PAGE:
In a paramic and pioneering reappraisal, Pieter M. Judson shows why the Habsburg Empire mattered so much, for so long, to millions of Central Europeans. Rejecting fragmented histories of nations in the making, this bold revision surveys the shared institutions that bridged difference and distance to bring stability and meaning to the far-flung empire. By supporting new schools, law courts, and railroads, along with scientific and artistic advances, the Habsburg monarchs sought to anchor their authority in the cultures and ecomies of Central Europe. A rising standard of living throughout the empire deepened the legitimacy of Habsburg rule, as citizens learned to use the empire's administrative machinery to their local advantage. Nationalists developed distinctive ideas about cultural difference in the context of imperial institutions, yet all of them claimed the Habsburg state as their empire. The empire's creative solutions to governing its many lands and peoples-as well as the intractable problems it could t solve-left an enduring imprint on its successor states in Central Europe. Its lessons remain less important today.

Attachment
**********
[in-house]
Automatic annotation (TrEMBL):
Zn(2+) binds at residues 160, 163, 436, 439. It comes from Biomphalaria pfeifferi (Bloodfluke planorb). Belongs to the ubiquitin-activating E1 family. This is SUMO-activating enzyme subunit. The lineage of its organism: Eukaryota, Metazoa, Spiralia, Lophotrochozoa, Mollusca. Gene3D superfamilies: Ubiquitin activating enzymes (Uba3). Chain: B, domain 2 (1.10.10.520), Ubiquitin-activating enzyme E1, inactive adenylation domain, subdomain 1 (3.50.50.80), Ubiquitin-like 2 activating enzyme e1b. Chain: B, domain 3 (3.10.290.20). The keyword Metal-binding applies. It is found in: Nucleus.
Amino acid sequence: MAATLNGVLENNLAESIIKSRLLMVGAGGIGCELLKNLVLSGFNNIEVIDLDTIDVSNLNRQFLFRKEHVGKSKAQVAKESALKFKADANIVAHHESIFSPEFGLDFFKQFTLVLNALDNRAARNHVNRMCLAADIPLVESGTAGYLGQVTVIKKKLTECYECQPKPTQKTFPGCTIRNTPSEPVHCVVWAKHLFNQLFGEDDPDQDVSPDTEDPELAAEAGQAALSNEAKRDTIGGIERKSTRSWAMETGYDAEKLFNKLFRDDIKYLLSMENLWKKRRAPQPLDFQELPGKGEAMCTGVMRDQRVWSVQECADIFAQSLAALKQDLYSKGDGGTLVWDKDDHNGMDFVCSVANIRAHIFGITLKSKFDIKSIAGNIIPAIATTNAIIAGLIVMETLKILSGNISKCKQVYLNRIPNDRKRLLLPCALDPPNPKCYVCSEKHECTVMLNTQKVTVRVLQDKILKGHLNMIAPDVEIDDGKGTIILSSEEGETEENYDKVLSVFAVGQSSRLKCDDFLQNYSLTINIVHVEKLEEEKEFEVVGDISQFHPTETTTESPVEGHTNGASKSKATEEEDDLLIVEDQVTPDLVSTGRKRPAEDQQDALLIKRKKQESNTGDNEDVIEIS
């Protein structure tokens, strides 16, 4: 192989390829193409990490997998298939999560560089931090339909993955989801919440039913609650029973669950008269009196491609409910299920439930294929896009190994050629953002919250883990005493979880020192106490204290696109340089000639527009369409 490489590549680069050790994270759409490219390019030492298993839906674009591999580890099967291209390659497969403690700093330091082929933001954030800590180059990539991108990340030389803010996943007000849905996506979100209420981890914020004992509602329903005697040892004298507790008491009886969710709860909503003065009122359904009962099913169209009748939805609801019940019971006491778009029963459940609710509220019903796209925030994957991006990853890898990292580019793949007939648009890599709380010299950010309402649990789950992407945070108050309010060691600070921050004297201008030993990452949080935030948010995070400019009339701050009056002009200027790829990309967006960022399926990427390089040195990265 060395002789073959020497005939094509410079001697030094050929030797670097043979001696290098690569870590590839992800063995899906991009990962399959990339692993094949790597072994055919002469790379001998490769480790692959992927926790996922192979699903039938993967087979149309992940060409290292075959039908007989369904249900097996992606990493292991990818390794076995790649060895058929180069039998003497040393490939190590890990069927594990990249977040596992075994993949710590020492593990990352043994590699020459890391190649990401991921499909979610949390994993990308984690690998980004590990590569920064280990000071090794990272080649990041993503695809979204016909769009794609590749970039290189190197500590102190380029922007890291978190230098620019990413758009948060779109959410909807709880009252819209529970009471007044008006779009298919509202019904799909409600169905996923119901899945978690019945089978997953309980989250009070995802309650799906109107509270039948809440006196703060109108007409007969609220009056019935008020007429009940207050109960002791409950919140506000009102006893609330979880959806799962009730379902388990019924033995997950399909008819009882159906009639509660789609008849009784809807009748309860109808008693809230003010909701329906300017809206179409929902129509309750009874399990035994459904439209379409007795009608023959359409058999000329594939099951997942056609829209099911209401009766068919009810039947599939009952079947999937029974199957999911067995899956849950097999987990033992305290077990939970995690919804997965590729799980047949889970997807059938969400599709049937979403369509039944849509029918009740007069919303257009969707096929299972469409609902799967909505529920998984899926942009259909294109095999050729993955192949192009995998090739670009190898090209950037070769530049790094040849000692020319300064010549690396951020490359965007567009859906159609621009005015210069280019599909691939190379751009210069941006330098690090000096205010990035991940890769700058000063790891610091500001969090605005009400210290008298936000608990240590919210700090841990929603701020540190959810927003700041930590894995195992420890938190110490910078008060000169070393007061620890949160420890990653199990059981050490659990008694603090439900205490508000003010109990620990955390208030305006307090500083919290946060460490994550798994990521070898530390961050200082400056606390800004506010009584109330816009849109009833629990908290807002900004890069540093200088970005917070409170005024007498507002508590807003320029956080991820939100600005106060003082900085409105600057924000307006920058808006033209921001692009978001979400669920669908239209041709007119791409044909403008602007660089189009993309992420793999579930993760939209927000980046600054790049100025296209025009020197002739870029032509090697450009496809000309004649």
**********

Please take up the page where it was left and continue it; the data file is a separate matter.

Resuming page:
Pieter M. Judson is a professor of nineteenth- and twentieth-century history at the European University Institute in Florence, Italy. Michael Page has been recording audiobooks since 1984 and has over two hundred audiobooks to his credit. He has won several AudioFile Earphones Awards, including for The Lies of Locke Lamora by Scott Lynch. A professional actor, Michael is currently a professor of theater at Calvin College in Grand Rapids, Michigan.